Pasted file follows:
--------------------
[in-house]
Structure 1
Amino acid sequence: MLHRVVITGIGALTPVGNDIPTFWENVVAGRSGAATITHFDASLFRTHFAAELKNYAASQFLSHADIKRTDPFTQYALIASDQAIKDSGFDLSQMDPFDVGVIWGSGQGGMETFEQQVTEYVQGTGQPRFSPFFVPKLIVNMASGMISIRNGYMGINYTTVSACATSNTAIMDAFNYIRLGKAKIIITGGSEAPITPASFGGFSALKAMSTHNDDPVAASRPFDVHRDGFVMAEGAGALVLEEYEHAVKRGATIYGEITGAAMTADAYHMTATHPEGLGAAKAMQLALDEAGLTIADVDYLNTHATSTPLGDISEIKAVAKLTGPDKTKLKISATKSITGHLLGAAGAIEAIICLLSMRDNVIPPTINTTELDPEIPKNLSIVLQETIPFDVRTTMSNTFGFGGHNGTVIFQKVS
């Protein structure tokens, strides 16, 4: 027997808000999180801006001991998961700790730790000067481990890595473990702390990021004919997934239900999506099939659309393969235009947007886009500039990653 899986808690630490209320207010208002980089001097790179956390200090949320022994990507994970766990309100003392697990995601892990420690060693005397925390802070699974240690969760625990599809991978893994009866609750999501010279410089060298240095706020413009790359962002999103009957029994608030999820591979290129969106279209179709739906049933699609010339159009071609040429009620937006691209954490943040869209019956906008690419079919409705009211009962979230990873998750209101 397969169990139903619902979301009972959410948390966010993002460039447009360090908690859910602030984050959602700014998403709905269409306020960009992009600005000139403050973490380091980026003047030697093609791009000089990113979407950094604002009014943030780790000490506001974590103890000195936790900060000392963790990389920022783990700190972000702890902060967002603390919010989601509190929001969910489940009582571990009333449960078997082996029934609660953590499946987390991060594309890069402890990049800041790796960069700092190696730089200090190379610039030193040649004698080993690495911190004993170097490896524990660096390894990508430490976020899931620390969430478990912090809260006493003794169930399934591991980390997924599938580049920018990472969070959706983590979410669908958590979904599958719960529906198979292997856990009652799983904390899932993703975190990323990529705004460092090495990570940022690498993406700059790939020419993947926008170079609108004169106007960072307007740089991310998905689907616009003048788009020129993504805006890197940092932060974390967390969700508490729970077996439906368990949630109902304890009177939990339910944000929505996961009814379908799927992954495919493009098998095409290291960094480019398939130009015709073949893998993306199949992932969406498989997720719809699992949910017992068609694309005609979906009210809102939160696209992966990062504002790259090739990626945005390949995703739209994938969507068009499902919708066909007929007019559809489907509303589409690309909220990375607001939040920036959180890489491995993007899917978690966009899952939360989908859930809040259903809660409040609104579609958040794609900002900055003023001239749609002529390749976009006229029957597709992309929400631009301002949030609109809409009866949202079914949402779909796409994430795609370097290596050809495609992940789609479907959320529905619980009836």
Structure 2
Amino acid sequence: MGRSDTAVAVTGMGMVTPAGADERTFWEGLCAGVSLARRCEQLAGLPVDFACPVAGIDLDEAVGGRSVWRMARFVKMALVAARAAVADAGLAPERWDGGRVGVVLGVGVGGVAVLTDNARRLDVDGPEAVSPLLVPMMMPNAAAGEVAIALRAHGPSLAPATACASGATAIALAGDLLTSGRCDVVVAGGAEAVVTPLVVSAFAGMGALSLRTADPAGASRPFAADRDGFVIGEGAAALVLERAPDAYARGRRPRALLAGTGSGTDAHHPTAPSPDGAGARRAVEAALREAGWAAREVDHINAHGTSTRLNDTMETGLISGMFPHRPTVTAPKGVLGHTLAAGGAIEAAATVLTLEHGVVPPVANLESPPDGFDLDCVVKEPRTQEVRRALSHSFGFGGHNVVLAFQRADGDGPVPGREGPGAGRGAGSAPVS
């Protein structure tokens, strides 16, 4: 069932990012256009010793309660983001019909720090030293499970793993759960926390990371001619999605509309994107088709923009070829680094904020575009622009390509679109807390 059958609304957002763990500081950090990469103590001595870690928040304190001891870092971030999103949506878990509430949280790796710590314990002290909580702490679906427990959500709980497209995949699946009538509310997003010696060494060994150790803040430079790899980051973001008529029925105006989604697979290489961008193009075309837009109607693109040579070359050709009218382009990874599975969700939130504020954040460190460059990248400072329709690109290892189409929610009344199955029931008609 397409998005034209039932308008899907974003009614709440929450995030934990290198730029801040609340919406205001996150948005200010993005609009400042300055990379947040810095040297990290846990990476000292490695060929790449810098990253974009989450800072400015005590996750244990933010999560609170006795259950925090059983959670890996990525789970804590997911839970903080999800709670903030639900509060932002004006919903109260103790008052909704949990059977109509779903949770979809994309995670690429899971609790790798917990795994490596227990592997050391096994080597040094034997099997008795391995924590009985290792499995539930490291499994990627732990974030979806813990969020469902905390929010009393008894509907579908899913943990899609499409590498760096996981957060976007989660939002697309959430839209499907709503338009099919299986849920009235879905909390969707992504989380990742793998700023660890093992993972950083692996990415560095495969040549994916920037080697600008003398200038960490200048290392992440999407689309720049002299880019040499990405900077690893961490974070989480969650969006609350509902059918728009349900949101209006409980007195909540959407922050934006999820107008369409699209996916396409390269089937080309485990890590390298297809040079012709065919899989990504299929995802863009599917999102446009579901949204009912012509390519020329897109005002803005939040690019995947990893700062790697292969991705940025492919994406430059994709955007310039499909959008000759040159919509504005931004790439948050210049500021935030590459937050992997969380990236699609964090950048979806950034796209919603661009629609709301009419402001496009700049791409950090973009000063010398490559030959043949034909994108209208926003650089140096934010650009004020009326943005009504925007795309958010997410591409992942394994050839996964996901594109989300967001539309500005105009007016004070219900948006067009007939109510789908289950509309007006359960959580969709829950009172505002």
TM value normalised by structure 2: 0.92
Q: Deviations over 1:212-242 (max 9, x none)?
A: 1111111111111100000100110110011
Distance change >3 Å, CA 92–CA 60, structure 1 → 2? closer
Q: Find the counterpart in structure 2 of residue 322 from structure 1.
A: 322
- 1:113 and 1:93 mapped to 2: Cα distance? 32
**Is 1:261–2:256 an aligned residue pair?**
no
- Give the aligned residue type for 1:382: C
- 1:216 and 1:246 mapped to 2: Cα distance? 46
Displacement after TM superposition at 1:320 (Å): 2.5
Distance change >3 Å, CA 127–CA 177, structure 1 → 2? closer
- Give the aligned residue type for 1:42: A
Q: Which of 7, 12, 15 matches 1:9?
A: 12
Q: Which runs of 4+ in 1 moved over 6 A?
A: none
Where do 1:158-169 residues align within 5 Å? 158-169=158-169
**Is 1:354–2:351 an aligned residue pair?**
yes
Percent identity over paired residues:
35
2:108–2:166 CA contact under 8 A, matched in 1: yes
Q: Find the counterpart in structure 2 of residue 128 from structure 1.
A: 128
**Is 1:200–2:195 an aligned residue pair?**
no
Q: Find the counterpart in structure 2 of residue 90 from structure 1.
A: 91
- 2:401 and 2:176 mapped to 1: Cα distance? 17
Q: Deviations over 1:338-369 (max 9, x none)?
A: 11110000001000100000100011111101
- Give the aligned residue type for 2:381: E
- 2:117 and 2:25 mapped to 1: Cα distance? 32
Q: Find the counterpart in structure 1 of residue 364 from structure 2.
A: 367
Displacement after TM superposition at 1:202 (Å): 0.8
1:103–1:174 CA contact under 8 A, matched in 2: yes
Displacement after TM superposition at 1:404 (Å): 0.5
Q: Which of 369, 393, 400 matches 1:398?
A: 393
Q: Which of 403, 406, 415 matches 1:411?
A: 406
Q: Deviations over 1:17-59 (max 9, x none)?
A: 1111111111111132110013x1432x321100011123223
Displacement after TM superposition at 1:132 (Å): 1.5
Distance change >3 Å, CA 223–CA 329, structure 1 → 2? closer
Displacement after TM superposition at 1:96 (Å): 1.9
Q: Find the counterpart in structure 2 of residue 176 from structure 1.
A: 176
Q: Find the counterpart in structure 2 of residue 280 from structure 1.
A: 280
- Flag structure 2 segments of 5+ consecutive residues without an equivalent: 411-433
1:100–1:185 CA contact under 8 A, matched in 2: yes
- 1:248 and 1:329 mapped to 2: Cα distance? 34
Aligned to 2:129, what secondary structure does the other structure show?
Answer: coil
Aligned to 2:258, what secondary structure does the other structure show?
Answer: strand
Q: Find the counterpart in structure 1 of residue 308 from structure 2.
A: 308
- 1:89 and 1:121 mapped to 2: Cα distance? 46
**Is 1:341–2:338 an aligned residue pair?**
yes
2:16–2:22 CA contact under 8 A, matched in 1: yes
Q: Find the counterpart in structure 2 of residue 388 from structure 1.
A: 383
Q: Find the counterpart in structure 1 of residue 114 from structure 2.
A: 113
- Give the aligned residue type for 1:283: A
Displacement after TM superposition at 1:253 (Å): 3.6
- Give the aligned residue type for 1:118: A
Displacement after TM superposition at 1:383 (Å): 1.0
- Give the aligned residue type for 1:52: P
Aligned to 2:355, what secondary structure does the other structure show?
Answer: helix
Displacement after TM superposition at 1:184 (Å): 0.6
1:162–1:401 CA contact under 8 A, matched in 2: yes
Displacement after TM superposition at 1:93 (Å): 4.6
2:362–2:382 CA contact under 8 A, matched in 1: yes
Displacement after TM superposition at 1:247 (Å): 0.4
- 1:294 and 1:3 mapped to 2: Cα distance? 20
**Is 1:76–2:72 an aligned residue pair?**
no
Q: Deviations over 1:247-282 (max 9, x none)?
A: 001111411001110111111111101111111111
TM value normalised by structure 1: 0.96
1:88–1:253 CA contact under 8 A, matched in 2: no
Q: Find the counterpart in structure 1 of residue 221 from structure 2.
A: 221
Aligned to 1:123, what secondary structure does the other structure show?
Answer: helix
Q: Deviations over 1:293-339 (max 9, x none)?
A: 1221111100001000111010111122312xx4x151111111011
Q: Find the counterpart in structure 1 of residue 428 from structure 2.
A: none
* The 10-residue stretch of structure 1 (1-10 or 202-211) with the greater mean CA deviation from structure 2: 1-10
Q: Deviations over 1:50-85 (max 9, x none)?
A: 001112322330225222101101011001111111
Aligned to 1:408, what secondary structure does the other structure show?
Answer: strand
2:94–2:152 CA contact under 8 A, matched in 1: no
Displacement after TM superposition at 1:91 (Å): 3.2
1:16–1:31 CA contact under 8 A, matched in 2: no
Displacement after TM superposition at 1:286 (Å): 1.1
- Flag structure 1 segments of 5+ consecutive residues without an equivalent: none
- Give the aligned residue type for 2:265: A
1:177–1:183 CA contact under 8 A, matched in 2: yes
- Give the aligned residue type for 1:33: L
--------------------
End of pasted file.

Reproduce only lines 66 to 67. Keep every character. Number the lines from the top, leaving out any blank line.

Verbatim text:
Aligned to 2:258, what secondary structure does the other structure show?
Answer: strand